Janek talked about a “safety net” that is currently dispelling the old myth that the only place you can go for help without a card is the hospital, as there are clinics that “stay open late” to provide healthcare to the uninsured. He admits that there is a “terrible” nursing shortage in Texas. (Update: After the Covid pandemic, there is a terrible nursing shortage everywhere!)
The children’s healthcare act is scheduled to be sunsetted as the affordable care act was supposed to take over for this type of care. It’s not yet in place to provide that coverage.
Again, like every other failing system, right-wing anti-government spokespersons decry how Medicare is overburdened and underfunded – but it’s the standard and well-understood operating procedure for Republicans to starve a program of needed funds for decades and make a campaign to shut down a “failing” system when appropriate funding would keep the system running effectively. This has been demonstrated with the cynical starving of funding for the mental health facilities in Texas, such as the state hospitals, followed by presentations to the Lege to close them and replace them with private, for-profit systems. One of the notable results: surging homelessness and homeless camps throughout the cities.
Panelists suggested that the Affordable Healthcare Act was extraordinarily “disruptive” to the system. Unlike the typical “pro-change” tech conference culture, there is a lack of understanding about the positive potential for disruptive change. – Disruptive change is what is needed to correct a shockingly broken and corrupt system.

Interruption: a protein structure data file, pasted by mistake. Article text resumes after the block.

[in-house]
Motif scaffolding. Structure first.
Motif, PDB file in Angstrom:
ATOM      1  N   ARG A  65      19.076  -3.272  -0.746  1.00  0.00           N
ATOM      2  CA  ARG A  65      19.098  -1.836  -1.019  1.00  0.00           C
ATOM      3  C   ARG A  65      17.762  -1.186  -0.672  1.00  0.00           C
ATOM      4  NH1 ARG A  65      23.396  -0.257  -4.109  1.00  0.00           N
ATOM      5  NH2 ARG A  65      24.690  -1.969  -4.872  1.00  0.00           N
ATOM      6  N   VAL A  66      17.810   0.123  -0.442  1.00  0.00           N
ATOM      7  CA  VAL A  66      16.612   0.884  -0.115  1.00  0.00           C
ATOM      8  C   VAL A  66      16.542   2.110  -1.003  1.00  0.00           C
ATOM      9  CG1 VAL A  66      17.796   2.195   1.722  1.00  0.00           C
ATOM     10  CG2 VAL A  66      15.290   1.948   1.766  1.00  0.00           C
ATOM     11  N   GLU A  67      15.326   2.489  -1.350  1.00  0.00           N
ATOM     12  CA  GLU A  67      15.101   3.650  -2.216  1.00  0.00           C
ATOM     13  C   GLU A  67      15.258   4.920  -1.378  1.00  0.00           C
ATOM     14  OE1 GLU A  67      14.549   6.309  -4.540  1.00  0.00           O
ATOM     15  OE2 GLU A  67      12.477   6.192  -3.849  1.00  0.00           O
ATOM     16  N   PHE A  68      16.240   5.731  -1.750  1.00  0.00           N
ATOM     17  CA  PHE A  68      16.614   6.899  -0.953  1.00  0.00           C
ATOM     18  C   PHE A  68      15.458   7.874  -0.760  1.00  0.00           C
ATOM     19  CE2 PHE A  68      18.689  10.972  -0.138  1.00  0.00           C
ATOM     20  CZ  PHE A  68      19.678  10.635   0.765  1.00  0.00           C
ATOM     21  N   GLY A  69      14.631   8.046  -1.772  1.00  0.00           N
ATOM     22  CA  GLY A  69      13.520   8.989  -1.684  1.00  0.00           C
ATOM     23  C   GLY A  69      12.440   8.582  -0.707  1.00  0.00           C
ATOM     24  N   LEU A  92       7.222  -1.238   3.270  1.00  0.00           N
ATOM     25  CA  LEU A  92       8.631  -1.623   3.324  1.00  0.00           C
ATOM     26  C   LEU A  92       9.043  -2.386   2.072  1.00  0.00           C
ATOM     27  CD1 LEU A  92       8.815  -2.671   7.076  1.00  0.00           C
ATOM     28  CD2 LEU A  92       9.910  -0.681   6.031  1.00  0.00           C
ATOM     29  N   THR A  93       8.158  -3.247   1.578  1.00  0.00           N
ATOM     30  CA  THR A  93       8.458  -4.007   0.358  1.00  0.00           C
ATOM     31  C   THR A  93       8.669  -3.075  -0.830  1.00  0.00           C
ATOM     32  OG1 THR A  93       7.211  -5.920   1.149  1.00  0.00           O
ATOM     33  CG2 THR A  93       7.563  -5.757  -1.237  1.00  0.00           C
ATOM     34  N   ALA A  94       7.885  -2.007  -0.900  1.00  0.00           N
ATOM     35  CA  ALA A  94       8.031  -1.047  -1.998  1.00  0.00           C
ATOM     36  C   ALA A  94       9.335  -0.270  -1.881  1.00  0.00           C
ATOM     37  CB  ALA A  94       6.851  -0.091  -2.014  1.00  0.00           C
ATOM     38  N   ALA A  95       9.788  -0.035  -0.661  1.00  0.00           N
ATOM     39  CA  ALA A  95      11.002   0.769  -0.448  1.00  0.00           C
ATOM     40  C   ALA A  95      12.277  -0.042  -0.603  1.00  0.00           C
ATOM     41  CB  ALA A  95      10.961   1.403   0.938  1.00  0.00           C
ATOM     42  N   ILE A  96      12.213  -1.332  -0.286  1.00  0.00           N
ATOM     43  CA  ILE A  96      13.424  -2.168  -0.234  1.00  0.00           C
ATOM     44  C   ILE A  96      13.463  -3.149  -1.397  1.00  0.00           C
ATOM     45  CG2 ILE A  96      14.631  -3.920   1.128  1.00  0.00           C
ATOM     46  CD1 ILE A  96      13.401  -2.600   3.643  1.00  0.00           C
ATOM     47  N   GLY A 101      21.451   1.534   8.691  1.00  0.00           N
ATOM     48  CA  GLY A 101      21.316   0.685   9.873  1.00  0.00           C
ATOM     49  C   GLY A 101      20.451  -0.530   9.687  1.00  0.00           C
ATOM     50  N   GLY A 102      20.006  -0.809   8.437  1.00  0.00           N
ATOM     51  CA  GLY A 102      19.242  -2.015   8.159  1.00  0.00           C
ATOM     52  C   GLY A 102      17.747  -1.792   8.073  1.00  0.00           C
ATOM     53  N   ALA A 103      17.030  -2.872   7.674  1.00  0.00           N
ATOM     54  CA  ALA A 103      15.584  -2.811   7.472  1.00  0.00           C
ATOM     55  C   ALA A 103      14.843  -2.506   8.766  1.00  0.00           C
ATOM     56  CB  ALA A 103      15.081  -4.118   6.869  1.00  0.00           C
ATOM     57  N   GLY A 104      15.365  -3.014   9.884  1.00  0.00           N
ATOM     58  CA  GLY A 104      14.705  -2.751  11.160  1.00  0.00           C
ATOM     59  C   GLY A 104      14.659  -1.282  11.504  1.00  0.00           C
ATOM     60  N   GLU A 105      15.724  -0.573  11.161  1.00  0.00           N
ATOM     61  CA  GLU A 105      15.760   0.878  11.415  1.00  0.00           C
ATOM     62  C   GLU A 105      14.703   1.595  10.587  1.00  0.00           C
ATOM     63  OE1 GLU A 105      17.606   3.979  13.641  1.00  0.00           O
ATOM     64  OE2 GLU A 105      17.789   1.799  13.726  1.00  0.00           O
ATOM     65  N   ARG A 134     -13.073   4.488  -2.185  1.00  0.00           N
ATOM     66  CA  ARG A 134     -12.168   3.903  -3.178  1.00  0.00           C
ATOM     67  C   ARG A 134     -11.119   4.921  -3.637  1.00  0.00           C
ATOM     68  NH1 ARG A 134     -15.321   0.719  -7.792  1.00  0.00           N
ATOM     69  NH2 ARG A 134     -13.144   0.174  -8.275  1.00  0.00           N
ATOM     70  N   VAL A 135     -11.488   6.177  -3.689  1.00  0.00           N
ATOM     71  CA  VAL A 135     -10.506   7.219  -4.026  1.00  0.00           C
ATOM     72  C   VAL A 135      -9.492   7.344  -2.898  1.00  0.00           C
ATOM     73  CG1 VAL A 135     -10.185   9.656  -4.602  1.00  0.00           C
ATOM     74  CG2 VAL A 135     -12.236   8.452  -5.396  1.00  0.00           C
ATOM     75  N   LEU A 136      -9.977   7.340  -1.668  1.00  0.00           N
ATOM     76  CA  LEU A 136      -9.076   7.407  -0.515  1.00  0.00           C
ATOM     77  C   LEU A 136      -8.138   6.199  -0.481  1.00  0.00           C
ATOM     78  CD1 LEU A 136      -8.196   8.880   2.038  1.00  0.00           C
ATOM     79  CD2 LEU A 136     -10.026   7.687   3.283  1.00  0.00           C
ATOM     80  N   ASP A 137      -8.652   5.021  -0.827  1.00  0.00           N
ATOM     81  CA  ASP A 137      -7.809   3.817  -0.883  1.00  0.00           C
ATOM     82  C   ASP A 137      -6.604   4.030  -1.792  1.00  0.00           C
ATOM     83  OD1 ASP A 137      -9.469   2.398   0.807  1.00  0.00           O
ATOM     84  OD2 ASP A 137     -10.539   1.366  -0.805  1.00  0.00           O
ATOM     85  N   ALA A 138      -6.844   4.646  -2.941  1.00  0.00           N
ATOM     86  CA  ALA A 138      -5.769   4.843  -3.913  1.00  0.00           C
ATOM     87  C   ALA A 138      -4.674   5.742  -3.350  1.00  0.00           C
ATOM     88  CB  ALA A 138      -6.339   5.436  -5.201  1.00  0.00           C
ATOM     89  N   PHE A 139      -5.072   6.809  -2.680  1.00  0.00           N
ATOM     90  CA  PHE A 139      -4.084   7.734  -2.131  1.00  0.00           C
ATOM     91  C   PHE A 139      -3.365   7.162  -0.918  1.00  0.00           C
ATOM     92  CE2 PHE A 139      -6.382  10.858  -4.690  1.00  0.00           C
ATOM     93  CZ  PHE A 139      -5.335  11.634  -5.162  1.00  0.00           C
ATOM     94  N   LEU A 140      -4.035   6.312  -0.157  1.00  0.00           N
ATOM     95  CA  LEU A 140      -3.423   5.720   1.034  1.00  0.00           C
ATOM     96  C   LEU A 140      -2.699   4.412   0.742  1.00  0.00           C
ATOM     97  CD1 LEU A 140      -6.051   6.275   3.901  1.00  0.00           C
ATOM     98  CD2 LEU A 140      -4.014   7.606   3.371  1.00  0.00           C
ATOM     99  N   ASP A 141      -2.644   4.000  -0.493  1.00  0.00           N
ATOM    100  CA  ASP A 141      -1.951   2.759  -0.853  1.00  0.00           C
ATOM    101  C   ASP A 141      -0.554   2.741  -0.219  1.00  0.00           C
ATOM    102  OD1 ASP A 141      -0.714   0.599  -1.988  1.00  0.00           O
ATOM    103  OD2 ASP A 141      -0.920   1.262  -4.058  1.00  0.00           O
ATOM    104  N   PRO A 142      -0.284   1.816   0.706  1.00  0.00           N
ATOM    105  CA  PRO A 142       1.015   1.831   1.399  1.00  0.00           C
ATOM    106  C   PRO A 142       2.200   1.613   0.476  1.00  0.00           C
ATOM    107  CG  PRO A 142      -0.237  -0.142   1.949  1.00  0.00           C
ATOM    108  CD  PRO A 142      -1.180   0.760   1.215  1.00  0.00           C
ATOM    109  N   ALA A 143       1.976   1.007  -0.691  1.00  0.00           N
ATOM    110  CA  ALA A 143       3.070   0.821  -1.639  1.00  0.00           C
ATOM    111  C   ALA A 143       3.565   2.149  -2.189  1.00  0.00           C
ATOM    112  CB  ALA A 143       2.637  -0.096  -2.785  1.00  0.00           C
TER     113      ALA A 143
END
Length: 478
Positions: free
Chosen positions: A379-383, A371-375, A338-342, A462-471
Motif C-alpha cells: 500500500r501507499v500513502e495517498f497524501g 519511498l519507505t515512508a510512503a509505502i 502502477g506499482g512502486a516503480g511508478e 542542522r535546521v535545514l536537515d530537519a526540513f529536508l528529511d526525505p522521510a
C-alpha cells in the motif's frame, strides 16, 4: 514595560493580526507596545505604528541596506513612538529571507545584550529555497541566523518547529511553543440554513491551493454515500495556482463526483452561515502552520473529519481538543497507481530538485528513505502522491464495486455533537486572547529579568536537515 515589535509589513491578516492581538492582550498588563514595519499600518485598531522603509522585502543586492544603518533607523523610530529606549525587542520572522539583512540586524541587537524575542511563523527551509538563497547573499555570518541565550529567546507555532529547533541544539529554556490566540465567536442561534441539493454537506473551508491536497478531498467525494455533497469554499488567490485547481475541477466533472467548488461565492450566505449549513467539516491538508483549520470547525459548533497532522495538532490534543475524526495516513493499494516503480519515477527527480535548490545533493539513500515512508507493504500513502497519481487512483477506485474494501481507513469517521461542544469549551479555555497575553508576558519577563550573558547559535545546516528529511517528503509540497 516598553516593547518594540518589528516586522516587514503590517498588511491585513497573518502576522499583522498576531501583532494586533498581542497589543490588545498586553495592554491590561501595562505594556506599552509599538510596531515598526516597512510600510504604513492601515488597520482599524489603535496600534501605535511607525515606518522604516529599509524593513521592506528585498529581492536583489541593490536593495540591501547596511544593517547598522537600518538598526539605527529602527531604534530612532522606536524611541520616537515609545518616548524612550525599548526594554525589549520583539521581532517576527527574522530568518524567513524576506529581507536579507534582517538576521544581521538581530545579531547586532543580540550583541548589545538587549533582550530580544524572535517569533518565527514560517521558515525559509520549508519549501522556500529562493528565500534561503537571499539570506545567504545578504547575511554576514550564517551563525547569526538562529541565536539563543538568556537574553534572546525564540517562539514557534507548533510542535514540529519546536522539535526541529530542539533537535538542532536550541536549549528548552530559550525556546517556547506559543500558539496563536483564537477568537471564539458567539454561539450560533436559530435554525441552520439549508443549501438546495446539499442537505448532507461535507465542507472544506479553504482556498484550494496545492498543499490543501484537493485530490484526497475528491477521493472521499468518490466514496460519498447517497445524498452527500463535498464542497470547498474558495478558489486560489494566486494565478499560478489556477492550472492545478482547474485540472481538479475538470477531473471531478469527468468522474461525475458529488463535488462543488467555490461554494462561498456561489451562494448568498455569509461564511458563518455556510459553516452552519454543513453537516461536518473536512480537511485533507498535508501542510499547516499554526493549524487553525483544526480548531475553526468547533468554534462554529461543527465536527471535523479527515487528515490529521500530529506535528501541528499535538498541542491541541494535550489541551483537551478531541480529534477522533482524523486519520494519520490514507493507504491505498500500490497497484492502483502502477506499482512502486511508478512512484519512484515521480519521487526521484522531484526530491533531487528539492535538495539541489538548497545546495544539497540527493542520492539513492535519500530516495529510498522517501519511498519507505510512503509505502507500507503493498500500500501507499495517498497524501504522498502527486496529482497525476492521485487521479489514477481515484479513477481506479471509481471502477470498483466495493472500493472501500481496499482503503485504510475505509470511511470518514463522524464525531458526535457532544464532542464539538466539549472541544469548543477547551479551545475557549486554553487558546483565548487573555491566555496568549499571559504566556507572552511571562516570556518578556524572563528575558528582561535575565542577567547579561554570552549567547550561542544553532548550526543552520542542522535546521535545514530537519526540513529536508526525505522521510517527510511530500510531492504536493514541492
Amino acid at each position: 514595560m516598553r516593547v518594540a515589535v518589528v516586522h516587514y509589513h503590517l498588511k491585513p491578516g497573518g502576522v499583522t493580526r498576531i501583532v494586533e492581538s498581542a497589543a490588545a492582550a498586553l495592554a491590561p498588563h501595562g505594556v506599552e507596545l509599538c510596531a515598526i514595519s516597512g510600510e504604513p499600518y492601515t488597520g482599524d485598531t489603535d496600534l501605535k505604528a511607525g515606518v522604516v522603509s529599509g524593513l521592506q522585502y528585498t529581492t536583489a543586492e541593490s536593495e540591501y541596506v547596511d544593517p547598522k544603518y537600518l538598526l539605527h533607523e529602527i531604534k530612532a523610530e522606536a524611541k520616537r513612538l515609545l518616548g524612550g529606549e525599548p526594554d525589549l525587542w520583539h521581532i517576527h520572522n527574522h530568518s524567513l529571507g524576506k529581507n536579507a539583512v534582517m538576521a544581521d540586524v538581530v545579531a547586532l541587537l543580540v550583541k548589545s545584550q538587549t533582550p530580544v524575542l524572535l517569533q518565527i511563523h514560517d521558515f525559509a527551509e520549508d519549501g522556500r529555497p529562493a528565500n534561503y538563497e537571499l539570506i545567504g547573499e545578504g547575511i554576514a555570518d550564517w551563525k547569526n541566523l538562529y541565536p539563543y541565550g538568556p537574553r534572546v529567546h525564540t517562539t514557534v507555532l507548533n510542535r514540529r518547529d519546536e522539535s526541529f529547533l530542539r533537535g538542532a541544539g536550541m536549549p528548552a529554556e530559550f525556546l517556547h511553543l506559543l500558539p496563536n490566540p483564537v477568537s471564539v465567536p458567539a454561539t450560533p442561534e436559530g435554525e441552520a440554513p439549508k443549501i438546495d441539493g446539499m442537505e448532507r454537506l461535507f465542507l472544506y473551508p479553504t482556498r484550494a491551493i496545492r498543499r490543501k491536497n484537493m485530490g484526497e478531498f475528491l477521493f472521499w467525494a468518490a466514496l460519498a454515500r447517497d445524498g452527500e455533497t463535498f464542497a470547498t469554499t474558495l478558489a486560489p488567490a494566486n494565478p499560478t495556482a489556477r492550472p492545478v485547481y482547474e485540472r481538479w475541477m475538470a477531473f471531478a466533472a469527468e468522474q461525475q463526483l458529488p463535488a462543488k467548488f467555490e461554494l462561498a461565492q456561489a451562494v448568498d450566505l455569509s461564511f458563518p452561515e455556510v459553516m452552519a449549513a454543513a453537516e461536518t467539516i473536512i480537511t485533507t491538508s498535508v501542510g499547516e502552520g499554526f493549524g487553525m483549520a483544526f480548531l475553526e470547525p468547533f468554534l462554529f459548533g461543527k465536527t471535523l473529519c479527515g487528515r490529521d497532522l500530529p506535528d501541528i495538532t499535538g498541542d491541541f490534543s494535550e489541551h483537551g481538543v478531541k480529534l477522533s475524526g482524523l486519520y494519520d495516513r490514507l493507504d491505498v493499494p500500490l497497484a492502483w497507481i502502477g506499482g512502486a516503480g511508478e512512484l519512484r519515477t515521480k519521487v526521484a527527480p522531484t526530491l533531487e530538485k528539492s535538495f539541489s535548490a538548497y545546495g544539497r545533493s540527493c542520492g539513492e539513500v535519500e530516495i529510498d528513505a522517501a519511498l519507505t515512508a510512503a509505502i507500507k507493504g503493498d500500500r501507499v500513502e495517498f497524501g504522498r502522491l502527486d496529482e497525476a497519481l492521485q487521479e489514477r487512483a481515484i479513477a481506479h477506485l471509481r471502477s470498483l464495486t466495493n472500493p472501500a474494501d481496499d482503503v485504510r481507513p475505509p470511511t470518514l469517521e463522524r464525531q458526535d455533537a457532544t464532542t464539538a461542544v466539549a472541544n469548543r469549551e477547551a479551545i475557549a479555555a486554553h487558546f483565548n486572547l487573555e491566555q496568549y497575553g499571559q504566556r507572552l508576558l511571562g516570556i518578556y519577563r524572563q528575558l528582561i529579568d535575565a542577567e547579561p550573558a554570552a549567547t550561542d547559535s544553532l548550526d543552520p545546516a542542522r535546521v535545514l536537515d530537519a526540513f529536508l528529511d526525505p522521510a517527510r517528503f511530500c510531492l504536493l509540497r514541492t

So, it costs tax dollars to provide better healthcare to those least able to pay for it? And could this increase the costs of healthcare insurance? Hold the “surprise and dismay” about having to pay higher premiums. The very folks who can afford to pay more are the ones complaining the loudest. If healthy people pay into a “healthcare for all” system, the insurance will be there for them when they need it. Anyone who works for a state agency that keeps and invests a percentage of their salary as part of a pension fund understands that some employees will not stay in the system long enough to retire with a pension. Everyone working full time at a living wage is paying into the Social Security pension fund, too. Not everyone will live long enough to retire and draw social security benefits. But the value of these benefits are understood and workers are required to pay into retirement systems. In contrast, almost everyone would benefit from having healthcare insurance and it would benefit everyone to pay into a healthcare system.
Those with significant health issues refer to people who are currently healthy the temporarily able. Ilness and disease do not prey upon immoral or lazy people. Even the hardest working person can fall ill, perhaps be faced with the loss of their job. Since most Americans’ healthcare is tied to their employment, a catastrophic illness can cause the loss of their home, create overwhelming debt, and place crippling burdens on themselves and their families.
Cynical or myopic obstruction of “Obamacare” is delaying the only workable solution available for affordable healthcare. Some blame the “budget deficit”, saying that if we appropriately fund the system, we are borrowing from our future. But proponents like Garnet Coleman say that more people are invested in shouting inflammatory rhetoric than working towards a realistic and ethical solution.